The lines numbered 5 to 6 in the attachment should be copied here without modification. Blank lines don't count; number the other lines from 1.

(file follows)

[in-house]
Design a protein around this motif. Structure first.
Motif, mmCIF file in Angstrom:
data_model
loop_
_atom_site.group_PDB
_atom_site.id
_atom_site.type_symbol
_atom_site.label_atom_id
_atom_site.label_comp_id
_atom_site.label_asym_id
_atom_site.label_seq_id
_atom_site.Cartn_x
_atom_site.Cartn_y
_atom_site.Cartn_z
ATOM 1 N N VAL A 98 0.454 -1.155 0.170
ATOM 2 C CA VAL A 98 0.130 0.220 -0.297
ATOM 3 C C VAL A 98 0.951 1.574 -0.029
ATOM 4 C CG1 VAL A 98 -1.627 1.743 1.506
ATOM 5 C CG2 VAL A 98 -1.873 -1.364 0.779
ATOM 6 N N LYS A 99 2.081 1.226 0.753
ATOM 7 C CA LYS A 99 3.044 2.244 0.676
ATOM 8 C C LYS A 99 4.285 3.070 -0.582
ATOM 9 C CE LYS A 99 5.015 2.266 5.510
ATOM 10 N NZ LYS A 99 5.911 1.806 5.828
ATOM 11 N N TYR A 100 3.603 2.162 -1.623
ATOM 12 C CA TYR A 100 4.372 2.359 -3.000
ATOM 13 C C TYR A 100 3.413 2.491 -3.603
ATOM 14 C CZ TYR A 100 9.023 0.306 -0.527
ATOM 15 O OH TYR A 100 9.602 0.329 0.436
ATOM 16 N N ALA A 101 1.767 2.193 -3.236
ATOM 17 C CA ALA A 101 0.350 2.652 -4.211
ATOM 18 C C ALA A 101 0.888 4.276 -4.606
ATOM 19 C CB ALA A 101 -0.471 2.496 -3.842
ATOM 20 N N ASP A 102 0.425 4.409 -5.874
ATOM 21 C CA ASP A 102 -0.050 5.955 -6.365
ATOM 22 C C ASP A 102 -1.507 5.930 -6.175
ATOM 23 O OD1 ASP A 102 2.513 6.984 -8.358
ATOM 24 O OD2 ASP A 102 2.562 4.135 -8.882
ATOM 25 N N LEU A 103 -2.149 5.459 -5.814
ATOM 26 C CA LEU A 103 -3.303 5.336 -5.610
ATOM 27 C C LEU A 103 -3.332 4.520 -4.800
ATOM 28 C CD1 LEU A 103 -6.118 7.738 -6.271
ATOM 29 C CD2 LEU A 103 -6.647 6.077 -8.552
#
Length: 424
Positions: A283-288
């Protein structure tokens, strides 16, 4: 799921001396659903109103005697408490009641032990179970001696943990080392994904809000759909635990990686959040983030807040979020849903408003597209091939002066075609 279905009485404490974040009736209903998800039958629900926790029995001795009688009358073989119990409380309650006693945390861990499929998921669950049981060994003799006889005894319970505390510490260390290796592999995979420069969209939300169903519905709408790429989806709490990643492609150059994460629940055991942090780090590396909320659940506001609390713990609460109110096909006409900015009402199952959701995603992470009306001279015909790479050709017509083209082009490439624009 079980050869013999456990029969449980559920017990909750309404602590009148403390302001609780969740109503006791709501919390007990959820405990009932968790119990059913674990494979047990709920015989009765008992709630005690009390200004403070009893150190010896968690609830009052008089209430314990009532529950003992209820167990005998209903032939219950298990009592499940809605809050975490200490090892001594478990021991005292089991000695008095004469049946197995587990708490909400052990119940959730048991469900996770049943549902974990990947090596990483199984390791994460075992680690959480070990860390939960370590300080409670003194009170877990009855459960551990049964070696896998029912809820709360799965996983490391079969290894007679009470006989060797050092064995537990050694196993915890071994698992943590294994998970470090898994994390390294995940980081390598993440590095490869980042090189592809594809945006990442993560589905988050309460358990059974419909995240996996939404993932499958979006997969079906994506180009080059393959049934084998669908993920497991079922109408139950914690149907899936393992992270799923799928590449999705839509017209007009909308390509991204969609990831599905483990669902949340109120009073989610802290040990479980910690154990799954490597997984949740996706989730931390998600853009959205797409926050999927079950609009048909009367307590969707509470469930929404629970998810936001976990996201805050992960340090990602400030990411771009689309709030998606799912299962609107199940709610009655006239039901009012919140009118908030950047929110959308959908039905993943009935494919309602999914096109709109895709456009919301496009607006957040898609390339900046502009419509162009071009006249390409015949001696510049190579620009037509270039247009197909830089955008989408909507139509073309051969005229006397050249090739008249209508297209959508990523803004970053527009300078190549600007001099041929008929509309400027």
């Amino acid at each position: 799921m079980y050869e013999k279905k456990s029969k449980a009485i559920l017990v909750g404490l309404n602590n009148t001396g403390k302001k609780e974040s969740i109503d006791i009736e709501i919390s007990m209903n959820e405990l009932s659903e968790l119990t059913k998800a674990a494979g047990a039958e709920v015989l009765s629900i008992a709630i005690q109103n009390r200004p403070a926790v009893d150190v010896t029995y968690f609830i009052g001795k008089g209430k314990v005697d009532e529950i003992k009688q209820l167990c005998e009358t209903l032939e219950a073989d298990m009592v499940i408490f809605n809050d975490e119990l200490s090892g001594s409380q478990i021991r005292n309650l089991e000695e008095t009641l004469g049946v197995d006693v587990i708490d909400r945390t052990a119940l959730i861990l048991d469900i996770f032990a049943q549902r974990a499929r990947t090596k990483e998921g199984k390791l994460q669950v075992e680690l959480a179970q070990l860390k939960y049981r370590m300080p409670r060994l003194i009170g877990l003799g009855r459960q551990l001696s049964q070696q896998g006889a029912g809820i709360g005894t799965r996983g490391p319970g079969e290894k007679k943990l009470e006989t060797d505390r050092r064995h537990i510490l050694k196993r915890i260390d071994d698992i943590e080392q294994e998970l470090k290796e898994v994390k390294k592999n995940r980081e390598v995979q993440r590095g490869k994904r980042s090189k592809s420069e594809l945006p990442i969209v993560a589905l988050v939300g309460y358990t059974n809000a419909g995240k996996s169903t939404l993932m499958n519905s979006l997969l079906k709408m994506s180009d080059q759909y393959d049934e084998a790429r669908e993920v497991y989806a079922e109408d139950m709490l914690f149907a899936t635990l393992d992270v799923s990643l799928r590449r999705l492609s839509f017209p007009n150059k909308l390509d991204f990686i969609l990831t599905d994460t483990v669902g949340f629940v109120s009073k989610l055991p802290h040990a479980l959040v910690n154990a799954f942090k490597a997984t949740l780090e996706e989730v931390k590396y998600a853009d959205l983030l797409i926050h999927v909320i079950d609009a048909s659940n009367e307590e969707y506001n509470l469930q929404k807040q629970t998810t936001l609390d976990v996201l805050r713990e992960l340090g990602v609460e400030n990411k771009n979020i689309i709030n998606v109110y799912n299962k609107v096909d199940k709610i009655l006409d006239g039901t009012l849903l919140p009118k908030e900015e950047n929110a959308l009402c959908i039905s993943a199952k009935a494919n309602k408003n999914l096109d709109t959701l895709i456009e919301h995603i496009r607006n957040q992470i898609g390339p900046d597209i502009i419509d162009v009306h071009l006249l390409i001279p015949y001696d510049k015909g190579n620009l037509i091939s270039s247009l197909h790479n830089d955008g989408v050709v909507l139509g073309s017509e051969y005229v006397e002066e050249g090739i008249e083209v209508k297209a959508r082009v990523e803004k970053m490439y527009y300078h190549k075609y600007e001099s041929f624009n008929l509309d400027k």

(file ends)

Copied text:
loop_
_atom_site.group_PDB